In the following section of the advertisement, the color green predominates. The positive images of a green environment flood the imagination as we read about the “burden removal that is moving forward” (基地負担の軽減は、着実に進んでいます). A green map of central Okinawa depicts the troubling US bases scattered across the land from Naha City to Chatan Town. The bases, depicted in red splotches, are singled out as areas that will be returned once the new Henoko base is completed, turning the populous central and southern areas green. To reinforce the value of building the Henoko base which will destroy the natural bounty of Oura Bay, citizens learn that they can look forward to yet another massive shopping mall, with accompanying industrial facilities, on land once long occupied by a military golf course. Worth noting is that this region, known for its extremely rich soil, was, before its theft from local farmers, producing some of the island’s richest crop harvests. The artist’s rendering of a new business development surrounded by greenery evokes many positive images of a time when this area was rich with nature itself.
The textual information reinforcing the map points to a hopeful future when the southern region of the island and the northern region can be more closely linked as the bases that effectively divide the island and severely hamper travel disappear. As with the preceding section, the box of text points an arrow downward to the only logical conclusion that readers are compelled to draw: if we can strengthen the geographical links between northern, central, and southern Okinawa, we can enjoy a new and more tightly knit prefecture born of our collective efforts.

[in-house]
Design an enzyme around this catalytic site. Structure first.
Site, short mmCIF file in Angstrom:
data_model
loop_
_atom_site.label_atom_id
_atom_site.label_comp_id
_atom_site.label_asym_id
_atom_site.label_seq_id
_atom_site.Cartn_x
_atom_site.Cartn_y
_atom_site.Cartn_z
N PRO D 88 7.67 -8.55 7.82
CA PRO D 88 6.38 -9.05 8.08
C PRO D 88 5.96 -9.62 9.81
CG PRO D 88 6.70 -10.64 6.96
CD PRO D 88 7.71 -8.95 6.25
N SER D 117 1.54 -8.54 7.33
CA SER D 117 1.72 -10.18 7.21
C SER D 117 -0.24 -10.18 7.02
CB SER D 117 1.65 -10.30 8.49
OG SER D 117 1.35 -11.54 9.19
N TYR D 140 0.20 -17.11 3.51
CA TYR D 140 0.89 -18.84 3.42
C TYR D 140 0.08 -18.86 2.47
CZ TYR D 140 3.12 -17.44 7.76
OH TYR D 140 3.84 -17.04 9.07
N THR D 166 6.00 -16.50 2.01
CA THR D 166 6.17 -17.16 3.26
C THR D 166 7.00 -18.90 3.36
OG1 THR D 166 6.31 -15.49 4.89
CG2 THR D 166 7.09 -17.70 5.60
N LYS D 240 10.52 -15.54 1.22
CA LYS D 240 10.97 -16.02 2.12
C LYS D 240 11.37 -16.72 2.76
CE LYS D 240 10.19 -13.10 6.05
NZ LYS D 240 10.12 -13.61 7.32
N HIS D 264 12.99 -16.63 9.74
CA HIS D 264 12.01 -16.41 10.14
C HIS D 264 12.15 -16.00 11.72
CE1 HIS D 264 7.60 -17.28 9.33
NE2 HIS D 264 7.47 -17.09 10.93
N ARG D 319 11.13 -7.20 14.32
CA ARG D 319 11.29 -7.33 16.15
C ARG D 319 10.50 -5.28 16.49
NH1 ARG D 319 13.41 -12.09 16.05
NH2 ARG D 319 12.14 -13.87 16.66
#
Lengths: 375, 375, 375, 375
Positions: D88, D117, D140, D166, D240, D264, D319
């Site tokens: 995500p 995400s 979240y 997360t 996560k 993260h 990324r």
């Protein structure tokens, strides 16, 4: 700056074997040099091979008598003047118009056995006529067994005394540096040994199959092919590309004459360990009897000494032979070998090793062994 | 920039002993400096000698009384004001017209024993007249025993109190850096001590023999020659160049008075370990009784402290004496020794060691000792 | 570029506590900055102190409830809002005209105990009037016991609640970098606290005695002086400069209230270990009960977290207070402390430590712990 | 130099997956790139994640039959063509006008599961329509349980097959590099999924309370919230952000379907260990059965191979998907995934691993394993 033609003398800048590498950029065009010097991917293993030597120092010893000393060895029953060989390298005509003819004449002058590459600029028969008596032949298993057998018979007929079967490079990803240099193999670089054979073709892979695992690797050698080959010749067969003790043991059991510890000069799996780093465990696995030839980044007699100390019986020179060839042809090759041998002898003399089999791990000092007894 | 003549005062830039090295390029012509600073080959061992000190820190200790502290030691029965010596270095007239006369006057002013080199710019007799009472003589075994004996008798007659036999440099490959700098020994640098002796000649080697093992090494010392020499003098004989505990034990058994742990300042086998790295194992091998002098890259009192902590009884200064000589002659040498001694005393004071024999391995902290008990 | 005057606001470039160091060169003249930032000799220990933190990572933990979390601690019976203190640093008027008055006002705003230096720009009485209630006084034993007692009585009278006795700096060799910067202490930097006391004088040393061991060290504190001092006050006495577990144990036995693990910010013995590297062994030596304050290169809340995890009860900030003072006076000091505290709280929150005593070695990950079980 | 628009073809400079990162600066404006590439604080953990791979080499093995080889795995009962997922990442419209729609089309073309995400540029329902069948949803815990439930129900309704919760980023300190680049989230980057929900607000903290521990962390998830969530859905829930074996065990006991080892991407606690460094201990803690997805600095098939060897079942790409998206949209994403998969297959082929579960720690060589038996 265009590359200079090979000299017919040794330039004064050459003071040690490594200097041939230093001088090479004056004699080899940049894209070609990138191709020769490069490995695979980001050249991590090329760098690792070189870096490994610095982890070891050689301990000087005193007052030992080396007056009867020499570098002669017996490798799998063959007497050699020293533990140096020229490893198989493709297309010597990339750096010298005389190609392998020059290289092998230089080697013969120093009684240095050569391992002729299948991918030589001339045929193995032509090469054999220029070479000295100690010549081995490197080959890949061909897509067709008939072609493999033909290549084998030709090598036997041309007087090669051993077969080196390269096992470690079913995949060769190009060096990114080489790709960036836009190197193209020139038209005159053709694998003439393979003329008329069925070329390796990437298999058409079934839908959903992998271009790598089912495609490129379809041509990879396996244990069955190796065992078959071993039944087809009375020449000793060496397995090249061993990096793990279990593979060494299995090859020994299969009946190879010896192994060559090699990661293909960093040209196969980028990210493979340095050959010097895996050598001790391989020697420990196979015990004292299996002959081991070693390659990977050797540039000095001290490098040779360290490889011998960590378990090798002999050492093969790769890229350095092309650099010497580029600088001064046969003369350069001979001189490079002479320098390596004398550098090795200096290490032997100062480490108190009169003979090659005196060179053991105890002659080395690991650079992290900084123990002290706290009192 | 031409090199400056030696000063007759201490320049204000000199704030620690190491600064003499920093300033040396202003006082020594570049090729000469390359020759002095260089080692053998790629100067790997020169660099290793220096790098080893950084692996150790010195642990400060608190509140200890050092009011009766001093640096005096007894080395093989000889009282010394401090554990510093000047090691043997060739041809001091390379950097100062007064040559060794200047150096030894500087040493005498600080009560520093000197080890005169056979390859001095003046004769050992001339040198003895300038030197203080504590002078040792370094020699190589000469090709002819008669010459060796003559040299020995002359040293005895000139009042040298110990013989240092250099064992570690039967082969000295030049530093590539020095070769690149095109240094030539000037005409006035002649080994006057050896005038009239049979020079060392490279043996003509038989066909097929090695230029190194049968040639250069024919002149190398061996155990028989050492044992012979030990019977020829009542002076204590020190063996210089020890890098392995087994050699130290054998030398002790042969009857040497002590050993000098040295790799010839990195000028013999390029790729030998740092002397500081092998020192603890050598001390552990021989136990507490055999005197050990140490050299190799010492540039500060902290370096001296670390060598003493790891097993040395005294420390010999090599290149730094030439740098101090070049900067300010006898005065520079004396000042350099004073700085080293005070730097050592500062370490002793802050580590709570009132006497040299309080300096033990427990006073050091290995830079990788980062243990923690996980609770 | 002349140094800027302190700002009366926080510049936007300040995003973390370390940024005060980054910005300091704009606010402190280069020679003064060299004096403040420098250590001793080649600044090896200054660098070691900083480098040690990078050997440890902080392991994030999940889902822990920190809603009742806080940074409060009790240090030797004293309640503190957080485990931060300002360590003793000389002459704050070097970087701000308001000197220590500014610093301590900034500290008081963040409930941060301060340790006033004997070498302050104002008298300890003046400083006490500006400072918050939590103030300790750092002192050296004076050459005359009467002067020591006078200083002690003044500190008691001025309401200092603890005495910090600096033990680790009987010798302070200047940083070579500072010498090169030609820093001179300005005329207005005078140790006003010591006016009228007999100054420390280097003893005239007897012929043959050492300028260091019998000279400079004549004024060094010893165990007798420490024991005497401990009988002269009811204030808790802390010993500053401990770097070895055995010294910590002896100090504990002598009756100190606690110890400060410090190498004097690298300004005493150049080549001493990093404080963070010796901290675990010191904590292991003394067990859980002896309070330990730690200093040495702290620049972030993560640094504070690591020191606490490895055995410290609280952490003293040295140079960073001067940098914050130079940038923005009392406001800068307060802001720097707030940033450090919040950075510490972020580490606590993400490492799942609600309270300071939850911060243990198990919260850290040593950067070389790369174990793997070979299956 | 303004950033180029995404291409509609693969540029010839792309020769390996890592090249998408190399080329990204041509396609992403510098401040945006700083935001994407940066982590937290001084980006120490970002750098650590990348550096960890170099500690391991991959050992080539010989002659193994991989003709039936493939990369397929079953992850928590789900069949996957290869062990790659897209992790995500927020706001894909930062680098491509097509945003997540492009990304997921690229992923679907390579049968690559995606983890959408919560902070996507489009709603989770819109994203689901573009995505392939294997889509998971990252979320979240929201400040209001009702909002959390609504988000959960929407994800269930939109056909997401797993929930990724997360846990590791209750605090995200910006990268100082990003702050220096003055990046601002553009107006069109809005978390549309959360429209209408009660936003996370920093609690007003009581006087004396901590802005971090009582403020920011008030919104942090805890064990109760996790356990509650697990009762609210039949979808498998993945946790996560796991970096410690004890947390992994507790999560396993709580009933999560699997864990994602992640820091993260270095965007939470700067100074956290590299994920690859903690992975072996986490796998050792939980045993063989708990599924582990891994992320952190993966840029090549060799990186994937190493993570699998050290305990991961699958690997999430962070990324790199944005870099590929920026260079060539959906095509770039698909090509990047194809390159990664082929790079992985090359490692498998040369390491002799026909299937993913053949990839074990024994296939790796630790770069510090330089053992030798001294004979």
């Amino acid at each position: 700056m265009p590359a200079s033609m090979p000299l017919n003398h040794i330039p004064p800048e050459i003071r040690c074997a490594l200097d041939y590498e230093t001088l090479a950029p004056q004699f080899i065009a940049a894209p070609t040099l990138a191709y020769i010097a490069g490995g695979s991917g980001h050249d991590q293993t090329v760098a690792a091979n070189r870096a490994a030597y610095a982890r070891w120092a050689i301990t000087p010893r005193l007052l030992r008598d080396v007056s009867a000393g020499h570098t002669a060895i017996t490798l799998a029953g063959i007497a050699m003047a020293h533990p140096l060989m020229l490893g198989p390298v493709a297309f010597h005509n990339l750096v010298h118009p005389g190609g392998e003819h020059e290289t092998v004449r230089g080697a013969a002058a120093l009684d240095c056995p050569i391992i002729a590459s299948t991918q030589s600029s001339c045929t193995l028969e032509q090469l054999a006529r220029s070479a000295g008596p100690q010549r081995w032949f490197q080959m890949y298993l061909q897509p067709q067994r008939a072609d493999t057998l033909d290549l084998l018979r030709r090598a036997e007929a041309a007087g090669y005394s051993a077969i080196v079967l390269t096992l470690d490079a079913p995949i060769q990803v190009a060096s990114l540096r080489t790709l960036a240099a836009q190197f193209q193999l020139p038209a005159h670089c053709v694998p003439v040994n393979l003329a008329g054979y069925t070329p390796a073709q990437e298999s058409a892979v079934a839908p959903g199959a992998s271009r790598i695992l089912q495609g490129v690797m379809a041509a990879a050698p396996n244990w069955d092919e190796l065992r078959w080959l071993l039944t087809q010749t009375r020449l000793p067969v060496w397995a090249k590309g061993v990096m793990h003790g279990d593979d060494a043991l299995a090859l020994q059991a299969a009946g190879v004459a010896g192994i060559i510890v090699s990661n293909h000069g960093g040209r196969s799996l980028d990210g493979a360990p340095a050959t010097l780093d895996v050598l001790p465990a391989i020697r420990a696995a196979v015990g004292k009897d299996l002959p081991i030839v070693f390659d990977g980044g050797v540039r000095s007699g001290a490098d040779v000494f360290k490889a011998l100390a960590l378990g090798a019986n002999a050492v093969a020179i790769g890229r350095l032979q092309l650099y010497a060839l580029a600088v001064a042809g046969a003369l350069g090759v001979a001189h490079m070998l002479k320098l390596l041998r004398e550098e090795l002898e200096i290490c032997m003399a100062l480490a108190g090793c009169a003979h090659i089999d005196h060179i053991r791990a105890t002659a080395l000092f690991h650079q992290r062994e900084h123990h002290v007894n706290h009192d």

In the final part of this ad, readers are shown a future free from bases in areas from Chatan Town to Naha City. They can also see another artist’s concept of land once occupied by Futenma as tree-lined streets bound by a light rail system that cuts a path directly through the old airstrip. The old asphalt tarmac, concrete flight line, and steel hangers give way to new apartment buildings, houses, and shopping areas. Local school children, from elementary and junior high, were also enlisted in the effort to put an innocent spin on the hopes of the future with submissions of art work that imagined a future without the presence of the Futenma base.
The three central points conveyed in the header communicate the idea that the investment for developing the land is imperative to bringing Okinawa into a brighter future and that the government’s plan lays the groundwork for this future. These points also emphasize that government leaders will also pay close attention to citizens’ opinions about the direction of development for Okinawa as a whole. The cruelest irony is that the government has ignored the opinions of citizens about the “development” of Henoko.
In his 1999 article, “US as Global Overlord,” Herbert Schiller notes that one of the most tested and effective ways of maintaining order in society is to control the meanings of important words, which can be accomplished through power and access to powerful forms of media. Schiller calls this society’s “informational infrastructure,” which the elite use to create (and recreate) and circulate “the governor’s view of reality.” In the case of Okinawa, we are all confronted with a governor who can easily draw upon the forces of the informational infrastructure at his disposal and advance his narrow view of development for the people and the land.